The Secret Life of Melanie O.
 
Monday, February 13, 2006
I do not tent
My mother recently wrote about some of her favourite summer memories from when she was a kid. They mainly revolved around her trips to the lake with her father and sister, renting a cabin, and getting back to nature.

When I was a kid, she decided that her outdoor nature experiences should be carried over to the next generation: to my sister and me. So, sis and I joined the Brownies and Girl Scouts, went on a few camping trips as Scouts (earned a couple of badges), and went camping with my mother and father once or twice.

idyllic cabin in the mountainsI learned a lot on those camping trips. As Scouts, we stayed in cabins, on folding cots. We enjoyed everything about camping, with the exception of being kept up all night. In fact, it was so perfect, I often fantasized about having my own little cabin in the woods, as long as I wasn’t bunking with 16 other girls who snore and giggle all night. My mother came with me on one of those Scout trips, and it was the best camping trip ever. None of the other moms had indoor activities planned for a rainy day, but my mother, with her experience as a teacher, came prepared. So, we had sing-alongs with the lyrics drawn in large letters on huge sheets of white paper, visible to all in the room. There’s nothing funnier than a room full of 12-year olds singing “Georgie Girl” and “Raindrops Keep Fallin’ on My Head.”

Camping with my family was a bit different, however, even with Mom there. I have figured out why. It’s because we slept in tents. I’ve decided that tents are no fun, and, as an adult, I’ve never had the desire to buy one.

Tents are hot and sticky in the summer. If you want to take a break during the day and have a rest in a cool place, a tent is not the place to go.
Bear in a tent
Tents do not keep out the bugs and nature. I know of people who have woken up with a) a snake in their sleeping bag, b) a bear in their tent, and c) wearing their tent in a downpour. On these tenting trips, I woke up covered head to toe in mosquito bites. I am severely allergic to mosquito bites. I looked like I had chicken pox.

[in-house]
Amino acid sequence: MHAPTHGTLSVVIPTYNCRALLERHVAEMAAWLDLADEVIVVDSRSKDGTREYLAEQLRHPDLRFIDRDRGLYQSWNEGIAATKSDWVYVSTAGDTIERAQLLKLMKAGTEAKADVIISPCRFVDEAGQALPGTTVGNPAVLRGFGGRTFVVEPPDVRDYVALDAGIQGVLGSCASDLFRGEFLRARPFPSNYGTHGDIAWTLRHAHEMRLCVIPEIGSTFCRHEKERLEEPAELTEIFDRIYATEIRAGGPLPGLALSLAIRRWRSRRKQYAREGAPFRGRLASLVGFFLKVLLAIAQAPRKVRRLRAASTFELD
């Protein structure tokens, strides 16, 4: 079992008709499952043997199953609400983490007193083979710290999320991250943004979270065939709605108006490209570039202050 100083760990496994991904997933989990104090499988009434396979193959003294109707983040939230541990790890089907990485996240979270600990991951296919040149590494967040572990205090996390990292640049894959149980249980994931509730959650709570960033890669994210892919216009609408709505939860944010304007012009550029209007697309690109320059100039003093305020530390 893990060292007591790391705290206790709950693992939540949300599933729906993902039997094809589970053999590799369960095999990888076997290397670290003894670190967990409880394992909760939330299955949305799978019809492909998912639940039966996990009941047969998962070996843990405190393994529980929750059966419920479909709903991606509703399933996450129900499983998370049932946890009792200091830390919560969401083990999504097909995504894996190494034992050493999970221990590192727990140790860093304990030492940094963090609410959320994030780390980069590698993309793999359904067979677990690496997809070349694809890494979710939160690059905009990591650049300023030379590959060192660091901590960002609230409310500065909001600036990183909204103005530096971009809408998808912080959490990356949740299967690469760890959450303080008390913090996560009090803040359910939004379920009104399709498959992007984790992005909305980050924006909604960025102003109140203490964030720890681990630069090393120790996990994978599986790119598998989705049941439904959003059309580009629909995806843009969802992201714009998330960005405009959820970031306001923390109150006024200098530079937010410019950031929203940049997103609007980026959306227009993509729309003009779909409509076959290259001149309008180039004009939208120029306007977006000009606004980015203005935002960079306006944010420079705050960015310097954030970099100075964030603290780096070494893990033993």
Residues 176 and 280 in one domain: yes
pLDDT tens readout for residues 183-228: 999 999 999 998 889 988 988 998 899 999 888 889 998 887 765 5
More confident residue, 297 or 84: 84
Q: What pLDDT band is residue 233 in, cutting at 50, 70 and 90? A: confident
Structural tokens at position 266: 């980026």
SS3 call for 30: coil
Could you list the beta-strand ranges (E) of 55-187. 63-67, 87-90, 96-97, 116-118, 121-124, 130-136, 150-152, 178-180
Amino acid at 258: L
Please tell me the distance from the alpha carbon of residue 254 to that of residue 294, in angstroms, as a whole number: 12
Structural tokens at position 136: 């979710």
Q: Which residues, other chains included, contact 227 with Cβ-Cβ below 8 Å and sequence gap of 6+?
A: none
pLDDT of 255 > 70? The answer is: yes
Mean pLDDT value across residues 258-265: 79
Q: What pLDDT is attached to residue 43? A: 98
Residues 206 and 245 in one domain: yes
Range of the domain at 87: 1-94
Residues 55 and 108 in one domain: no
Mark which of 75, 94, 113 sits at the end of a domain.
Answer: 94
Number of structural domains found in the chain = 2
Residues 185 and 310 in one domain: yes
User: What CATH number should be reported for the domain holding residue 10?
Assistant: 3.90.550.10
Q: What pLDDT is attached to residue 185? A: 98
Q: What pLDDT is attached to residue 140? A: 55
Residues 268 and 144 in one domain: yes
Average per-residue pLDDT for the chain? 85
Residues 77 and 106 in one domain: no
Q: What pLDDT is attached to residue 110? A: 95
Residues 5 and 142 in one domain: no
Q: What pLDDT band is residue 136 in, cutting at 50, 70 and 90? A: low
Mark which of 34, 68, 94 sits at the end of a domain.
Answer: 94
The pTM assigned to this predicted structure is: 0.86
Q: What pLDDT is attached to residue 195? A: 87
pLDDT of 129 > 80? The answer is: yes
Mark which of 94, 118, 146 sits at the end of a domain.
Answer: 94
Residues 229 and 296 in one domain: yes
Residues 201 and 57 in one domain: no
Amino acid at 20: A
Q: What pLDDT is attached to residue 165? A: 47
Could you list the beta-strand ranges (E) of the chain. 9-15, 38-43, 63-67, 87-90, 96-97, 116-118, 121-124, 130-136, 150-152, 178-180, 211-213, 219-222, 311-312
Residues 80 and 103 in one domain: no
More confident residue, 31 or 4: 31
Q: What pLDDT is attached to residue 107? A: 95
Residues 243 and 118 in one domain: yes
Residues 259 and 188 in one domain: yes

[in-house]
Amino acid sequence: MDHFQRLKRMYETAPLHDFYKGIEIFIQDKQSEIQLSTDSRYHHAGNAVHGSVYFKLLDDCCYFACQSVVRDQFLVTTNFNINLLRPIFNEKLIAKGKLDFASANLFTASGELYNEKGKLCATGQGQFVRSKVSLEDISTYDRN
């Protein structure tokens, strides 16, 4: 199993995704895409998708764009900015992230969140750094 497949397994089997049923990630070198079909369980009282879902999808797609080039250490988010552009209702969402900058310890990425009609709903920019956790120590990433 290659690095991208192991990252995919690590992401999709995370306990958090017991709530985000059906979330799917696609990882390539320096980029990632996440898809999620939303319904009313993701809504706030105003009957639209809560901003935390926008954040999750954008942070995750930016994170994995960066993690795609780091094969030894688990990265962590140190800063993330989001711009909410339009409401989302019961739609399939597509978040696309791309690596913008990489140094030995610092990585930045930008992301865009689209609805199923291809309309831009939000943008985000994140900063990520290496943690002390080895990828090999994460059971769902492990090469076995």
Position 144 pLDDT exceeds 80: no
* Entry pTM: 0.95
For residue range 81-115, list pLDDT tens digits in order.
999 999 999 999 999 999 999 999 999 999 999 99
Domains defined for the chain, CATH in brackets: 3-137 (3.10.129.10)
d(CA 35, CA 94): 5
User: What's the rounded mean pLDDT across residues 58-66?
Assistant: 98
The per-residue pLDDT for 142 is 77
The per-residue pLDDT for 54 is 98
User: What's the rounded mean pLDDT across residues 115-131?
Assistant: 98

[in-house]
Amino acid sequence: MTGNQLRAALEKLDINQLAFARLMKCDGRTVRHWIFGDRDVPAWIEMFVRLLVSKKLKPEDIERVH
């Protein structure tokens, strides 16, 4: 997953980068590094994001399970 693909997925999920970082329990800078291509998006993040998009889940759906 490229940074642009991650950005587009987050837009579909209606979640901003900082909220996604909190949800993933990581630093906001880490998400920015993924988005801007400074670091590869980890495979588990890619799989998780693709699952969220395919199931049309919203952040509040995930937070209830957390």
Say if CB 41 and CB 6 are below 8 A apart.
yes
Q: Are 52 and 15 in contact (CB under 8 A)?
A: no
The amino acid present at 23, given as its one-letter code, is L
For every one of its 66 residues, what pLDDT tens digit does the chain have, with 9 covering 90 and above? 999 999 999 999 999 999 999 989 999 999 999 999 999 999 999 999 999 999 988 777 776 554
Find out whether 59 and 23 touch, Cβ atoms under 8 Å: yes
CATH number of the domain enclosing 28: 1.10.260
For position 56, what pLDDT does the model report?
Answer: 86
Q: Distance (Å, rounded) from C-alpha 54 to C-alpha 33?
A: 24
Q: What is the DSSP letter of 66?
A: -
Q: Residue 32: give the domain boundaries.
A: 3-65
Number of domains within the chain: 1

Tents are great for backpacking, but how much can you get to know an area if you’re just walking through it? I’d rather spend a few days in one area in a cabin and discover my favourite spots.

I’ve gotten sick on camping trips. You do not want to be stuck in a stifling, sweaty tent when you are sick. Especially if they smell of mildew and you have a sensitive stomach. I usually wound up getting sick on camping trips, after the S’mores. At least I got to have S’mores.

My sister and I used the two little 2 man tents we owned, to camp in our back yard. It was fun camping out in the summer, to sleep in the yard, as we felt a sense of adventure overtake us. We had our pocket knives for whittling, some Tang in a thermos, and our flashlights and books. By 2 am, however, we were back inside because the mosquitos were eating us alive, even though we covered ourselves head-to-toe with OFF! repellent. You have to understand – our property bordered on a marshy creek. It was mosquito heaven and we were the banquet.


So, I don’t do tents, as much as I love the outdoors. People have tried forcing me to try to reconnect with tenting. It’s never worked. Thankfully, I am married to a man who does not tent either. We’re a match made in camping heaven.


posted by Melanie O. at 4:25 PM -
2 Comments:
  • At 8:36 AM, Blogger chimera said…

    Ha, I don't tent either. Or camp, or generally do anything that involves being away from electricity and running water (and no, I don't mean a babbling brook or mountain stream) for more than several hours at a time !

     
  • At 11:36 AM, Blogger LivinginOz said…

    chimera - we are kindred sisters, LOL! Actually, I can live without the electricity, but a nice spring water pump for running water is good. Just no tents - not even large 6 man tents with built-in awnings and mosquito nets. Maybe a yurt would be OK though.

     
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About Me
Name: Melanie O.
Home: Durham, North Carolina, United States
About Me: Female, American health and beauty-conscious professional who has rekindled a childhood love of dolls.
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